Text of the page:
Wednesday, August 12, 2009

Review of AfterMASH

Because I am a teacher, I have a lot of free time on my hands during the so-called 'dog days' in August. YouTube is a wonderful thing to have on hand during these particular times, and I decided to watch the pilot to the television show AfterMASH, entitled 'September '53/Together Again'. It was placed in 5 different installment, given YouTube's ten minute limits on videos. Yes, it is the sequel to M*A*S*H, starring Harry Morgan, Jamie Farr, and William Christopher, all reprising their roles as Col. Potter, Max Klinger, and Fr. Francis Mulcahy, respectively.

The continuity is there, with Potter speaking in a letter to Klinger of his early retirement, spending time with Mrs. Potter, and getting a job as chief of staff at General Pershing V.A. Hospital, otherwise known as 'General General'. Potter offers Klinger a job as his clerk at the hospital, but Klinger needs to get out of jail for his role in a bookmaking operation. Klinger convinces the judge that he needs a fresh start and he hasn't quite adjusted to civilian life as much as he thought, despite all the attempts to get out of the army. He and Soon-Lee move to Missouri to start up again. The adventures around 'General General' are shown and we are introduced to new characters. Potter then gets a call from Fr. Mulcahy, who is deaf and drunk. Potter has surgery arranged for Mulcahy to restore his hearing, which is successful and he joins the chaplain staff at the hospital as well.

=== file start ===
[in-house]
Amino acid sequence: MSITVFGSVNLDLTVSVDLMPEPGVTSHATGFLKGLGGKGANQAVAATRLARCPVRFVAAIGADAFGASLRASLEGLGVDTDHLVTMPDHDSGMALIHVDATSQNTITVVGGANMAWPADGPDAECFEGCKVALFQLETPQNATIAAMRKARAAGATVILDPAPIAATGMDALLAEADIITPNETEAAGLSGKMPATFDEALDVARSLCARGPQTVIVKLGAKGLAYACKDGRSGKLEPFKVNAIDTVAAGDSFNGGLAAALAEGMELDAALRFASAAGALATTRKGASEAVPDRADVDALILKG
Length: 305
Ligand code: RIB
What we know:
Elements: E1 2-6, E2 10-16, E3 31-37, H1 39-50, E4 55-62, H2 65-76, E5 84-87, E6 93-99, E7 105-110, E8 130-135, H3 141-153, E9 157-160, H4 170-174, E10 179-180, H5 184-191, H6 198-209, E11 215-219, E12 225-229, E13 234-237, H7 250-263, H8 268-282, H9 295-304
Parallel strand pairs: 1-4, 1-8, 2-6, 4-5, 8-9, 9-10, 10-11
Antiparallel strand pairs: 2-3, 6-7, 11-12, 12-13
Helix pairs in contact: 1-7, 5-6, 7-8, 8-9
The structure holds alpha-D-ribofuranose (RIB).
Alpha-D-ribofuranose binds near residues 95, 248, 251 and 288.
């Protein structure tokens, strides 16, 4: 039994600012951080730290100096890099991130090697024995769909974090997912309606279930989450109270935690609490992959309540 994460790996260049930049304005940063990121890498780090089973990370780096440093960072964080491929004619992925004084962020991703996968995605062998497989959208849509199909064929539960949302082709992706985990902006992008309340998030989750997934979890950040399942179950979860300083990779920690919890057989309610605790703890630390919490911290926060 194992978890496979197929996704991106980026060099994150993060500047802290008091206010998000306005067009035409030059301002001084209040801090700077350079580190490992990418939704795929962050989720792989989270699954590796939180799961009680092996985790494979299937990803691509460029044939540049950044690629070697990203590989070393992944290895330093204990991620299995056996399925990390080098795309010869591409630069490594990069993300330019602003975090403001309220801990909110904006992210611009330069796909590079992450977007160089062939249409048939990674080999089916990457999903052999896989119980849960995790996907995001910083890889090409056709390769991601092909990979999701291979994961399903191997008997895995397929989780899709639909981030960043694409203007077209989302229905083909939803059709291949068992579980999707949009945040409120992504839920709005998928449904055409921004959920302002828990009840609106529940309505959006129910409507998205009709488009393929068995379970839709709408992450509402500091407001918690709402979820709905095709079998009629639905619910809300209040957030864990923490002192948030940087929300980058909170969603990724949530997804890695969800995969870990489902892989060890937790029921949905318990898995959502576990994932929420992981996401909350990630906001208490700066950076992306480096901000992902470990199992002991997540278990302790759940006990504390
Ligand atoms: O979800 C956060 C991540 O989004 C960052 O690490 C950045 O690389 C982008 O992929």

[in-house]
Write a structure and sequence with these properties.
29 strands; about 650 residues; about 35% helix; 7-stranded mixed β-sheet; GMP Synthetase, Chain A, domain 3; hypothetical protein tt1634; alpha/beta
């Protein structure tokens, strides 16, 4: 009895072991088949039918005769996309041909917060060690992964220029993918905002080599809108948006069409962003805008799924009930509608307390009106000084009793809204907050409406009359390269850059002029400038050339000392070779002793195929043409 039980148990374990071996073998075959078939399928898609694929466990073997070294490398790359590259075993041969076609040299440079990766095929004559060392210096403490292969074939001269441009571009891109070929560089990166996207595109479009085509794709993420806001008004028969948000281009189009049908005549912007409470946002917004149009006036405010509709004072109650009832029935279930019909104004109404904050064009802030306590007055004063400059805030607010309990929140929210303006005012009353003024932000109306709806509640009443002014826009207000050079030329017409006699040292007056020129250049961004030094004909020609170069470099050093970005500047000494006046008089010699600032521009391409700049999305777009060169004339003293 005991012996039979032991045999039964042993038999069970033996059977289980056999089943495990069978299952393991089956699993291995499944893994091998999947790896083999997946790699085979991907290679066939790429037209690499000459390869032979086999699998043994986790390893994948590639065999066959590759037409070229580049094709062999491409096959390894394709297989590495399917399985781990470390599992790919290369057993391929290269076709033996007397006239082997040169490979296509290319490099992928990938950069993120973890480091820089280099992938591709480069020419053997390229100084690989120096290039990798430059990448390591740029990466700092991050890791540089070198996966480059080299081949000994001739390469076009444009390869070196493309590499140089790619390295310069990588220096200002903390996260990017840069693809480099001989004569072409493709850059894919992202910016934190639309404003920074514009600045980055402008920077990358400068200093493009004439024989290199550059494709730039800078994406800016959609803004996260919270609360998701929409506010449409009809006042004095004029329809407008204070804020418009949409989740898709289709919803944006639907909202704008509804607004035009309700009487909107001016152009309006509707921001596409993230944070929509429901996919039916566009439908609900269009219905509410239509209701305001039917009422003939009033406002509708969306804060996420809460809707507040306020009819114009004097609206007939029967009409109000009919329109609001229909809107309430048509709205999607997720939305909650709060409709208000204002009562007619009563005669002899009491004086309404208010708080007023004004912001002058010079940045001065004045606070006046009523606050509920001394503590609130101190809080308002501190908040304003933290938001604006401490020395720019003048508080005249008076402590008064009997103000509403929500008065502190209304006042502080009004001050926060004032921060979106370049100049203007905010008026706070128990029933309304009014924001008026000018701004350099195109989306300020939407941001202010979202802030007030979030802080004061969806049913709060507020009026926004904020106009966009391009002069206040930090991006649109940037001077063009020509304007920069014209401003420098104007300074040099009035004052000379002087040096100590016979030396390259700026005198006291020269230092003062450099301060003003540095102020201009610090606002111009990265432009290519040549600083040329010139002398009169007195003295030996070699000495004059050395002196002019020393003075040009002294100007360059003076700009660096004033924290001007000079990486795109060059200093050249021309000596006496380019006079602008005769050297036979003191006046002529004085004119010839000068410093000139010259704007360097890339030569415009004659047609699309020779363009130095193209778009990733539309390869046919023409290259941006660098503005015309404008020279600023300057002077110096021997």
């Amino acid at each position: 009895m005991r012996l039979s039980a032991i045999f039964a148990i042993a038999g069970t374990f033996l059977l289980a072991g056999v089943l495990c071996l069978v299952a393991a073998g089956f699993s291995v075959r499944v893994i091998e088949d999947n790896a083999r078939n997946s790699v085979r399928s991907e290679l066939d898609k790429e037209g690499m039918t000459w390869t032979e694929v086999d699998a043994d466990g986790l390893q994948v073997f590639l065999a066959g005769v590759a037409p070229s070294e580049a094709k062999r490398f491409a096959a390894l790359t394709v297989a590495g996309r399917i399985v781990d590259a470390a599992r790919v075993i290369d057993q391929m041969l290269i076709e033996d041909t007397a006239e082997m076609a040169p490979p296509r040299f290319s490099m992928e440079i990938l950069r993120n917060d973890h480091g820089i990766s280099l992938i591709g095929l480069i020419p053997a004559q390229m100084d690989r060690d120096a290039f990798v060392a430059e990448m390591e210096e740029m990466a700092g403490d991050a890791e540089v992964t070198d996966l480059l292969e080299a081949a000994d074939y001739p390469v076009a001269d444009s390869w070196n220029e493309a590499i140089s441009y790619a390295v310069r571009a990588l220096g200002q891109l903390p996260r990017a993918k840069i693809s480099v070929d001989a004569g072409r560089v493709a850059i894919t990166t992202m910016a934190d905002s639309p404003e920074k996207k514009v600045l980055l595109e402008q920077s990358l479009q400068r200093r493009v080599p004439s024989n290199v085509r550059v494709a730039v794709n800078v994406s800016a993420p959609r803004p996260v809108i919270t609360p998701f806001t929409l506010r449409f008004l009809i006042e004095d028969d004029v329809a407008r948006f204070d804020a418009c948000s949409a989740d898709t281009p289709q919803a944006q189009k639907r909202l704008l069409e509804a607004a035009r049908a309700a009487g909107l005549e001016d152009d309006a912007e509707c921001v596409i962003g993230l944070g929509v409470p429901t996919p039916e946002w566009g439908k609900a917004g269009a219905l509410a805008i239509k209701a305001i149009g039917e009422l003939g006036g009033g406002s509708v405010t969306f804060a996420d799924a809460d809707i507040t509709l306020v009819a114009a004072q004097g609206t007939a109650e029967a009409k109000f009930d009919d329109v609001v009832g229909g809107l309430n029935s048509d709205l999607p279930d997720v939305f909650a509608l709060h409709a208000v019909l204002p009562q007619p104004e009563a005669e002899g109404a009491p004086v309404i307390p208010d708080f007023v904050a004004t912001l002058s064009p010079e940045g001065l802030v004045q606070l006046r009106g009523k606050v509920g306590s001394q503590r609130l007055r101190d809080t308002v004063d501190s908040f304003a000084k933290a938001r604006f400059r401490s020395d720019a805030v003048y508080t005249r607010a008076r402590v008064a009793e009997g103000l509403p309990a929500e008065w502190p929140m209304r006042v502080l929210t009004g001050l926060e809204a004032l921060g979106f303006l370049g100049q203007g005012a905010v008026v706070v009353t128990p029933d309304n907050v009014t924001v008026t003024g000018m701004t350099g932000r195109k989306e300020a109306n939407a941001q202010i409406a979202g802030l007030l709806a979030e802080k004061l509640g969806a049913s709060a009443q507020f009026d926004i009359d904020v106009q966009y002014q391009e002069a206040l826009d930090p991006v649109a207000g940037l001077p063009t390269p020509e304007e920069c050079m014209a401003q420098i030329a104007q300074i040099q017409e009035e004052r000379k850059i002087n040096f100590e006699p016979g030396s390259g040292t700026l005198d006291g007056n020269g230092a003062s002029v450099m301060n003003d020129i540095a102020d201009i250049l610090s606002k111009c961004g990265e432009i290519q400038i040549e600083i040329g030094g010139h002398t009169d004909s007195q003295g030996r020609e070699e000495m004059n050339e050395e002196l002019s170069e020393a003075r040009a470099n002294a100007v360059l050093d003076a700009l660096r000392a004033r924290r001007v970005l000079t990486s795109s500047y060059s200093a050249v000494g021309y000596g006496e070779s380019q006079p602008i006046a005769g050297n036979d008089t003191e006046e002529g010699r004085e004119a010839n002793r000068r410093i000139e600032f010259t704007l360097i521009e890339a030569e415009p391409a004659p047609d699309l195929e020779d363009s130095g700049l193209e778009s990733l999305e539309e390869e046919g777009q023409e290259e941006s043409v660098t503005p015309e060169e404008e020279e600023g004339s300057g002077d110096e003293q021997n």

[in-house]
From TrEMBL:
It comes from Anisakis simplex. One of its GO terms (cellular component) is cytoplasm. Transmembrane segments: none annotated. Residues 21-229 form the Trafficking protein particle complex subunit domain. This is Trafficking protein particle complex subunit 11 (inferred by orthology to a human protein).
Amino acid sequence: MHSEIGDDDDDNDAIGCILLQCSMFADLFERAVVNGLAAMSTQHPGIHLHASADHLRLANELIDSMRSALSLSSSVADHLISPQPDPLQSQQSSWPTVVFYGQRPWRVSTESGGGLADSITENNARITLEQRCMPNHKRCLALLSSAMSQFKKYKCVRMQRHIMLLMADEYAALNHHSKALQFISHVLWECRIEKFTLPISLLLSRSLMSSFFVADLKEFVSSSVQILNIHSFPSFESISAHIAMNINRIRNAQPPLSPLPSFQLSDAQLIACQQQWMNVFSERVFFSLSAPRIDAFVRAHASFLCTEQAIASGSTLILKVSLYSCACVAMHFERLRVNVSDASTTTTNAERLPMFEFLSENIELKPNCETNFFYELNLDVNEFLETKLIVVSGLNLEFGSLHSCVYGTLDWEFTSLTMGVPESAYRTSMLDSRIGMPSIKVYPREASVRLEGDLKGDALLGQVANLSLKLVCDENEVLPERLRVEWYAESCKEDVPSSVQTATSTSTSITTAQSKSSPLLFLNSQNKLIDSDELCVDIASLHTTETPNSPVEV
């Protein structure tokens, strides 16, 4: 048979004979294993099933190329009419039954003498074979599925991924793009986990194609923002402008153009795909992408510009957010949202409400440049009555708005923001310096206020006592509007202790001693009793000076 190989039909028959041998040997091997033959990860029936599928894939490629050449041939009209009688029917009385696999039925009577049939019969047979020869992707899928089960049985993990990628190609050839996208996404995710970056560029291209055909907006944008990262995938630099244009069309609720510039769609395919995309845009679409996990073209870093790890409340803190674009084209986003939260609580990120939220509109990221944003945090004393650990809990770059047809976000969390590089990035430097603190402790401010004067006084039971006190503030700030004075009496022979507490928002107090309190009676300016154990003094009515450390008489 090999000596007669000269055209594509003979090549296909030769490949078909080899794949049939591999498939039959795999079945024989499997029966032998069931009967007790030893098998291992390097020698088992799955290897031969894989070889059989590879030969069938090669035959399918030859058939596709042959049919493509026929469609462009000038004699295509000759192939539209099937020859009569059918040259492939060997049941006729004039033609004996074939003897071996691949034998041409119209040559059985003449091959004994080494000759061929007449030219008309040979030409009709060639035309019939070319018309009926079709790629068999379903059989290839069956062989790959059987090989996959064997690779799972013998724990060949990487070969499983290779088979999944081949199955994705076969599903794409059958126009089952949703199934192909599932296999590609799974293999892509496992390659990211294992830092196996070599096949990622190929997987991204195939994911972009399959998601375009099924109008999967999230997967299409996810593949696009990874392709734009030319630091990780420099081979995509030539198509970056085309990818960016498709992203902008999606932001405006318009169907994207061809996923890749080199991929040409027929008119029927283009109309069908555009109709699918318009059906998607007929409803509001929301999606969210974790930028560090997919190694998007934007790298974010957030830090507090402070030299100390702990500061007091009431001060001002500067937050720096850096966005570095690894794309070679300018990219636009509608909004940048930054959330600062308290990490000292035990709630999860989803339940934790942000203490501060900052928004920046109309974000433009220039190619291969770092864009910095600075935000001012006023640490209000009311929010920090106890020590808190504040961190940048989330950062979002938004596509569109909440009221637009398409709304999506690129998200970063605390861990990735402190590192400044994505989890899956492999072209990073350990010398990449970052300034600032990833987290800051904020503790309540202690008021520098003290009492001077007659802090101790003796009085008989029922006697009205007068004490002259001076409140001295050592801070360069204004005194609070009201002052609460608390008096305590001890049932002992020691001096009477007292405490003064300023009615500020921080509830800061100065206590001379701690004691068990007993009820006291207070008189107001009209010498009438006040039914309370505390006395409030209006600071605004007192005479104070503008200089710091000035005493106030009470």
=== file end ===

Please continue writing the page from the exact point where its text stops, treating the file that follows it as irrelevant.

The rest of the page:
I didn't care much for the episode, to be perfectly honest. It struck me too much as a conventional comedy despite the fact that it was written and developed by many of the same people who had worked on the mother show. I have to admit, if you get used to particular characters in a particular place and setting, it is difficult to see them in other roles. It wasn't bad, but when you use formerly secondary characters as main characters, it becomes more difficult to develop them and the like. One similarity between the shows was the red tape that was involved in doing anything. Veterans Administration hospitals on the whole (even in 1953) require paperwork in triplicate and things can be rejected easily.

The show didn't last a whole long time (1.5 seasons) and that was the fault of several things. First, CBS decided that it was going to put AfterMASH up against The A-Team on Wednesday nights. Secondly, how much further could the plot go without exhausting the possibilities and beginning to repeat, especially in a closed situation like a V.A. hospital? In a war, it is easier, but one of the reasons M*A*S*H stopped was because they were starting to run out of episode possibilities. It is also easy to see how it was just a vehicle for the actors who weren't sure how much more professional success they were going to have in the future. In a sense, AfterMASH was pure opportunism.

Harsh? You be the judge, watch - One, Two, Three, Four, Five

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